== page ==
NYCC ’13: Miracleman Returns in January 2014

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That’s right, True Believers.

We have been given the run around on the return of the infamous character Miracleman, but that could change in 2014.

Axel Alonso, Neil Gaiman and Joe Quesada finally gave the fans a much needed update on Miracleman at the Cup o’ Joe panel earlier today. Expect to see Miracleman material  reprinted and the end of Gaiman’s and Mark Buckingham’s story starting in January 2014. Gaiman says this is a “big, incomplete book of my life.”

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Miracleman by Joe Quesada

Here’s the offical update from Marvel.com:

“The wait is over,” says Editor In Chief Axel Alonso. “Marvel will finally be bringing these timeless, ground-breaking stories to a whole new generation of reader.”

“We’ve been working with the Miracleman artists to obtain original artwork or photostats in every instance possible, and then applying the same painstaking restoration methods and rigorous quality standards that are utilized on the Marvel Masterworks line. The Marvel Special Projects team have even been developing some new techniques specifically for this project. These Miracleman issues will receive the most advanced restoration possible to ensure the most authentic reading experience,” says SVP of Marvel Publishing David Gabriel. “The art is crisp, clear, and looks as good – if not better than the day it was published! Also, the stories are being completely relettered to meet today’s standards.”

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Miracleman by Mark Buckingham

Making these stories available to an entirely new generation is one thing, but following the original groundbreaking run, the epic more than 30 years in the making will reach it’s cataclysmic conclusion! You heard correctly – Marvel will also be publishing all-new Miracleman stories from legendary creators Neil Gaiman and Mark Buckingham! Long left unfinished, Gaiman and Buckingham’s famous storyline will ultimately see the light of day!

“The tragedy of Miracleman was that we published two issues, wrote three and a half – and then it all stopped,” Gaiman said, in an interview with Marvel.com. “And Miracleman #25 has been sitting in the darkness – nobody has seen it. It was drawn, it was written, it was lettered over 20 years ago.”

“I love the idea that I will get to finish this story,” added Gaiman.

“That Neil and Bucky can finally finish the story they started, is a great relief to still-gasping fans — myself among them,” says Alonso.

Re-presented in serialized form, each issue of MIRACLEMAN features additional content including new art, interviews with the creators as well as new covers from some of the industry’s most legendary artists! Look for MIRACLEMAN #1 in print and digital this January!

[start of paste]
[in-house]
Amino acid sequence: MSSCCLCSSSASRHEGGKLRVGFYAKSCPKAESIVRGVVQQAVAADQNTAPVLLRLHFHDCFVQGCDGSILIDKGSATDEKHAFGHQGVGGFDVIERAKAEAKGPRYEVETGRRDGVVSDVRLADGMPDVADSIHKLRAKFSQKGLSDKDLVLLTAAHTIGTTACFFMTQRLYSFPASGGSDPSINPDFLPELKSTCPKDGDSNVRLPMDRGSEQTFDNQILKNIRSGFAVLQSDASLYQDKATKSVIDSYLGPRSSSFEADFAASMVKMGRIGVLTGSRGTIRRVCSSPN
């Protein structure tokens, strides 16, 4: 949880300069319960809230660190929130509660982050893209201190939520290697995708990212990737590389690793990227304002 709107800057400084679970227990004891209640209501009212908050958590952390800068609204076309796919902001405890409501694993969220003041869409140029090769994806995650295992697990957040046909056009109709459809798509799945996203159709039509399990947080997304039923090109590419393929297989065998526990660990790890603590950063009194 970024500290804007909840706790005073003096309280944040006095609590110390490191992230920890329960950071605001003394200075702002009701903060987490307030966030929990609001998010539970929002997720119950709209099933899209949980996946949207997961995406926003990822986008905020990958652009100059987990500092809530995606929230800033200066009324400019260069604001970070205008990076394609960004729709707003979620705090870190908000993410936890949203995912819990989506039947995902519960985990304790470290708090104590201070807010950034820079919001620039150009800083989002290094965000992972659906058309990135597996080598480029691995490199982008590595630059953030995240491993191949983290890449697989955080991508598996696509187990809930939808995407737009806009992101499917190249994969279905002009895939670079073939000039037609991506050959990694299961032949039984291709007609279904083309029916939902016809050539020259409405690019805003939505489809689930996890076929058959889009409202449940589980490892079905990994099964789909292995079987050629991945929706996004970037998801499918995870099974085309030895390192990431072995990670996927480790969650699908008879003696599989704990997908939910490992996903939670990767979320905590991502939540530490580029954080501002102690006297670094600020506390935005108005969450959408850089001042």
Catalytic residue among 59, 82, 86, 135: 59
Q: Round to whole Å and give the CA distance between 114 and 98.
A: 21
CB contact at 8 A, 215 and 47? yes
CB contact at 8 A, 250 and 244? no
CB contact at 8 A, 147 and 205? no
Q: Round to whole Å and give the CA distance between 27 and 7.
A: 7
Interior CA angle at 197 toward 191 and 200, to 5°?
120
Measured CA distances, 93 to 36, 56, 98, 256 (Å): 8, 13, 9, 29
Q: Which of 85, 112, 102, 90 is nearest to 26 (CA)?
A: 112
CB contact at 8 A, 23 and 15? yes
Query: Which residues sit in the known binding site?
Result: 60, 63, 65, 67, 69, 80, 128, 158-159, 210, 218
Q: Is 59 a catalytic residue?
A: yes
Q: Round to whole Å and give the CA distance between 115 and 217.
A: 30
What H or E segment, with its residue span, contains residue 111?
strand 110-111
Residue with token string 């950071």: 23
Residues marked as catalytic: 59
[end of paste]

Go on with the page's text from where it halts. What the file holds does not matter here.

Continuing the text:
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Re-presented in serialized form, each issue of MIRACLEMAN features additional content including new art, interviews with the creators as well as new covers from some of the industry’s most legendary artists! Look for MIRACLEMAN #1 in print and digital this January!

 

 

Comments

  1. jacob lyon goddard says:

    I read the second quote paragraph as “yes, wel will do a crappy re-coloring”.

  2. jacob lyon goddard says:

    And crappy lettering too.

  3. Good luck finding the original art, especially the art that John Totleben did on book three, Olympus, of which I’m the fortunate “owner” of the last two pages of issue #16, Moore and Totleben’s last issue (which I bought years ago from Danzig).

  4. Kurt Busiek says:

    How about offering them a high-quality scan of those two pages, Ralph?

  5. Any explanation why they’re going with Miracleman instead of Marvelman?

    After all, Marvel has been reprinting OLD old MM stuff under the Marvelman name for a few years now.

  6. so uh what exactly is this going to be? is Miracleman #1 going to be the will it be the beginning of Alan Moore’s run? I’m confused because he’s not mentioned anywhere in this press release. is this Neil Gaiman and Mark Buckingham’s run, which I think began with Miracleman 17? or is Miracleman # 1 just going to me more of the British silver age Marvelman comics that no one really wants and marvel’s has already been publishing

  7. Brian,
    Maybe it would have been too costly to rework all the artwork that incorporated the Miracleman name to Marvelman. I know they have stated they are reworking the lettering, but if it’s part of the art????

  8. Brian — I expect they’re setting the two versions apart deliberately. Marvelman being the classic character, Miracleman being this specific acclaimed work, so that people will more easily find it.